'Hostile nation's animosity is well known': Pak wants India's removal from FATF review body
Islamabad, Mar 10: Pakistan has asked the Financial Action Task Force (FATF), an international terror financing watchdog, to remove India as co-chair of its Asia-Pacific Joint Group.
In a letter addressed to FATF President Marshall Billingslea, Pakistan Finance Minister Asad Umar asked him to appoint any other member country besides India as co-chair of the Asia-Pacific Joint Group "to ensure that (the) FATF review process is fair, unbiased and objective", the finance ministry said in a statement.
The Joint Group is a sub-body of the FATF's International Cooperation Review Group (ICRG) of the Asia Pacific Group. Pakistan is a member of the APG and its case is being presented before the FATF by the APG. India's Financial Intelligence Unit's (FIU) director general is the co-chair of the Joint Group.
"India's animosity towards Pakistan was well known and the recent violation of Pakistan's airspace and dropping of bombs inside Pakistani territory was another manifestation of India's hostile attitude," Umar wrote in the letter.
Referring to India's efforts of isolating Pakistan globally and call for the country's blacklisting during the ICRG meeting on February 18, Umar said, "Indian presence among the evaluators and as Co-chair of the Joint Group would undermine the impartiality and spirit of the 'peer review' process."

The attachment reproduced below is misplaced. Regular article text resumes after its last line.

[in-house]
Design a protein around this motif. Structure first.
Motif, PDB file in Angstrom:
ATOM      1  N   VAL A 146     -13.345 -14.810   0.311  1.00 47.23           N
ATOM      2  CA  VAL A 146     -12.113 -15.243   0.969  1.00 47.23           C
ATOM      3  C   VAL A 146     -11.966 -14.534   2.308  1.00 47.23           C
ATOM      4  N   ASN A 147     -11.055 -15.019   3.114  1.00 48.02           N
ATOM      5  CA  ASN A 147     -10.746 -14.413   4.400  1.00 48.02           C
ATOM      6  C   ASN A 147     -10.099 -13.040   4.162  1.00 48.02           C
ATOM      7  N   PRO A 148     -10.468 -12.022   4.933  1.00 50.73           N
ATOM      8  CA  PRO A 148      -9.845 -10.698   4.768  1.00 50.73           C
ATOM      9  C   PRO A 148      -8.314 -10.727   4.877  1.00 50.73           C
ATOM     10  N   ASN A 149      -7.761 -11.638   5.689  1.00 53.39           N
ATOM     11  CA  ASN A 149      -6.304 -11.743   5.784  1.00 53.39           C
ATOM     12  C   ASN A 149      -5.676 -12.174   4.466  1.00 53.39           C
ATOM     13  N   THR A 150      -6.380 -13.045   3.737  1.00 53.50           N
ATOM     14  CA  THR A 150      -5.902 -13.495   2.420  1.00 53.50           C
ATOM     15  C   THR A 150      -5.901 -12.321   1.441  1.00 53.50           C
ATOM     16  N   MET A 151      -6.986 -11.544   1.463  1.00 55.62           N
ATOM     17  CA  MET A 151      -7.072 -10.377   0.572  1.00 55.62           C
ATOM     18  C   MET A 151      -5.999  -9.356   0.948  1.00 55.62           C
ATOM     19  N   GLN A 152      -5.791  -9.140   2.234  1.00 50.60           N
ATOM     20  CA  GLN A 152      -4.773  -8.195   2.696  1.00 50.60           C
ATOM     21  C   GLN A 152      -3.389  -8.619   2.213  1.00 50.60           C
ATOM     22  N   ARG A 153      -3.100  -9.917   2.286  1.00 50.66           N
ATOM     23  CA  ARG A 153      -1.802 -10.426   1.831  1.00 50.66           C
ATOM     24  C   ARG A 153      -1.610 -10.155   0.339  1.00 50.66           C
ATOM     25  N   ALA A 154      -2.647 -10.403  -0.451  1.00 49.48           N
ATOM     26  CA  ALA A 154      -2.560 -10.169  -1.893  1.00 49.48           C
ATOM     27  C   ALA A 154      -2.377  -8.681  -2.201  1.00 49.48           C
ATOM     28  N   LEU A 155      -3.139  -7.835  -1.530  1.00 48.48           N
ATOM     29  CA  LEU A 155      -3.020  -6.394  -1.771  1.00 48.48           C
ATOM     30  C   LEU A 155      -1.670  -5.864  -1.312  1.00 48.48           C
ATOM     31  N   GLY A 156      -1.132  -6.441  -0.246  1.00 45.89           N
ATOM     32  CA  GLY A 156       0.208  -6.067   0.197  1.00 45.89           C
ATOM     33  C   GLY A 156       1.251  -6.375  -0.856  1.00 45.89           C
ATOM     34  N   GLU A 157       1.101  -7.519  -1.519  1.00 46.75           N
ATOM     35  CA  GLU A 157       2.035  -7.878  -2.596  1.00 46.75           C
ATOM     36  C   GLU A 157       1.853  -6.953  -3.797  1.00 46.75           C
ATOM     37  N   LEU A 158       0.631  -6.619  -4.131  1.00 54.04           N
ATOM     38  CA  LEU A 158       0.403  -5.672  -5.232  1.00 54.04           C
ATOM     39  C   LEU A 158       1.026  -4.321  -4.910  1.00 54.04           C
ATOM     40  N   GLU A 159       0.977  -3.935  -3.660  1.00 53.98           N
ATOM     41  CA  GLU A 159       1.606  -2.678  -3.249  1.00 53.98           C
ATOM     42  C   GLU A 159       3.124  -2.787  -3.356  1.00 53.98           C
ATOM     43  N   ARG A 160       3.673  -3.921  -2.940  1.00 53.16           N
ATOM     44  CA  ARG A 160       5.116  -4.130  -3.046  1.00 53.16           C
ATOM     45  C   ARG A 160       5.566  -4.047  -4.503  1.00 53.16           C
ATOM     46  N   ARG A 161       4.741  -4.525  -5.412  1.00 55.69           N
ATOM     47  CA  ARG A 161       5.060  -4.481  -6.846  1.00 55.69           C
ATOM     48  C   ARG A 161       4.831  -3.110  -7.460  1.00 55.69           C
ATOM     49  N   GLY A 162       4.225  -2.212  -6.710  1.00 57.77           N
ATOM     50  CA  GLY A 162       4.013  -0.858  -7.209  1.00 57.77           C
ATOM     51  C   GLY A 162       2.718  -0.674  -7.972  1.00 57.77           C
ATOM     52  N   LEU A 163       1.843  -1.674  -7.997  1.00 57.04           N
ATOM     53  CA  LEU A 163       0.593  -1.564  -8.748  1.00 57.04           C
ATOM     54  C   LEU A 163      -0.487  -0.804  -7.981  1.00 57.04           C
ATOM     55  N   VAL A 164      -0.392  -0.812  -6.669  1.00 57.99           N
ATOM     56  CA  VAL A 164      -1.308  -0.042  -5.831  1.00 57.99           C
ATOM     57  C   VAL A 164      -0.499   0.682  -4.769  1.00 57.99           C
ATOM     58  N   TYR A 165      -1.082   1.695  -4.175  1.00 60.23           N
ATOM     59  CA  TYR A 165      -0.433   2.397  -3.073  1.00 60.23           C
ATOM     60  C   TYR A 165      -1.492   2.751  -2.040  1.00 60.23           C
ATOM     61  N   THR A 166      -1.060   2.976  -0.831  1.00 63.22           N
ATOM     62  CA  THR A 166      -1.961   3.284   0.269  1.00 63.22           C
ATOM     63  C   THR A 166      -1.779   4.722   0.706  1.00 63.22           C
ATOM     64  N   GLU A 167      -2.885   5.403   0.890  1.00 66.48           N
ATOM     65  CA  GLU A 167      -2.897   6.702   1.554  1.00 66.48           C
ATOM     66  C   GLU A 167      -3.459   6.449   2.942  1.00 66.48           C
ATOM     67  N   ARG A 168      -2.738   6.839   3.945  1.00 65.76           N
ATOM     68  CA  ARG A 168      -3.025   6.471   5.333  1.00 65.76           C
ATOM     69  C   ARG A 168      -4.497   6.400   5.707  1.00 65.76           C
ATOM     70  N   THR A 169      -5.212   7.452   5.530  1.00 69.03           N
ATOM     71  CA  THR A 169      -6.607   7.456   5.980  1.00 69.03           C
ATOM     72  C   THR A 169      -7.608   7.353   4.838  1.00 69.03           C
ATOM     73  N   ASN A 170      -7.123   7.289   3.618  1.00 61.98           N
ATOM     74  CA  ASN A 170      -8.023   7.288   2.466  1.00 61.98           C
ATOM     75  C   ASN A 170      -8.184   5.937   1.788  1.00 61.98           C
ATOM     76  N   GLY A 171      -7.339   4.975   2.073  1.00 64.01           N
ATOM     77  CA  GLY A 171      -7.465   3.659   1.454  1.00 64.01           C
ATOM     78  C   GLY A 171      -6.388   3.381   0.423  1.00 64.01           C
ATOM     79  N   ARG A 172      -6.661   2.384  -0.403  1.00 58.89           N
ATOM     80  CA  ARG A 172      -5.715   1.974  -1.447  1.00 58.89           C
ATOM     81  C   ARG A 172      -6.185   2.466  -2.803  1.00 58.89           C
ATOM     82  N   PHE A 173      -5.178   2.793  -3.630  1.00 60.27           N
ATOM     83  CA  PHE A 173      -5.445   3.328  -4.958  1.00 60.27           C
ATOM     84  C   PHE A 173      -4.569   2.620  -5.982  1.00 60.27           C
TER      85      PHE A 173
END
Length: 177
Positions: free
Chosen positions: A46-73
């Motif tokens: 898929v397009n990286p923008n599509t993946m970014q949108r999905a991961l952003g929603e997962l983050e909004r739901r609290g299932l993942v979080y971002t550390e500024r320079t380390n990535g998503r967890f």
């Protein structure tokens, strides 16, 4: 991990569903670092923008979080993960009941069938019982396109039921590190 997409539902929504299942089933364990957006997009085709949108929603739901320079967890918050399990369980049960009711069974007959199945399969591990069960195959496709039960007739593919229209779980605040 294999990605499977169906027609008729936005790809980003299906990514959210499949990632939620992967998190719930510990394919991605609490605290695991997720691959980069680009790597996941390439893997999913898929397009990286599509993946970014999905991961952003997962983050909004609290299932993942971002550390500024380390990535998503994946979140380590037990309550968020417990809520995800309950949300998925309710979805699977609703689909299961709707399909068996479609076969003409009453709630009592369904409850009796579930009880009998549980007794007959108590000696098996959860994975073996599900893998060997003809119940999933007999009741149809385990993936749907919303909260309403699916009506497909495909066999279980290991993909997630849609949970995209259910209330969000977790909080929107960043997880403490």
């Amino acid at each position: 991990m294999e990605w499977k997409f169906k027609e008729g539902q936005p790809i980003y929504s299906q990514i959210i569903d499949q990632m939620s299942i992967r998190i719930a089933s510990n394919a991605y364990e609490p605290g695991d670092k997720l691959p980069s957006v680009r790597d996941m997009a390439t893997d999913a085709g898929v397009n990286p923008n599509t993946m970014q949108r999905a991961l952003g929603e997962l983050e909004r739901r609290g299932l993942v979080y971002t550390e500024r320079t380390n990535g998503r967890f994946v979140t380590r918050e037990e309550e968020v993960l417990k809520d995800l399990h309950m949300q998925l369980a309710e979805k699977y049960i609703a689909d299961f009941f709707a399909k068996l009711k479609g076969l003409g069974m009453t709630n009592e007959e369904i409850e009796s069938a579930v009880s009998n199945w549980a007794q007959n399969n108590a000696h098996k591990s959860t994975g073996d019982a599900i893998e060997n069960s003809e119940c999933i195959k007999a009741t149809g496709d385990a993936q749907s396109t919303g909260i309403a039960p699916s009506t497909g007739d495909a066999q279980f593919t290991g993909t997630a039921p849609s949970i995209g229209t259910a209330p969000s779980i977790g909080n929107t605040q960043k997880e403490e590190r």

Currently placed on the FATF's 'grey list', Pakistan has been scrambling in recent months to avoid being added to a list of countries deemed non-compliant with anti-money laundering and terrorist financing regulations by the Paris-based FATF, a measure that officials here fear could further hurt its economy.
FATF recently snubbed Pakistan, saying it "did not demonstrate a proper understanding of the terror financing risks posed by Daesh (ISIS), Al Qaeda, Jamaat-ud-Dawa (Jud), Falah-i-Insaniat Foundation (FIF), Lashkar-e-Taiba (LeT), Jaish-e-Mohammed (JeM) Haqqani network (HQN), and all terrorists affiliated with the Taliban".
The proscribed terror organisations will be examined under heightened security checks at all layers of legal, administrative, investigative and financial regimes, Pakistan's Dawn newspaper reported.
At least 40 paramilitary soldiers were killed when a suicide bomber of the Pakistan-based Jaish-e-Mohammed attacked their convoy in Jammu and Kashmir's Pulwama district on February 14.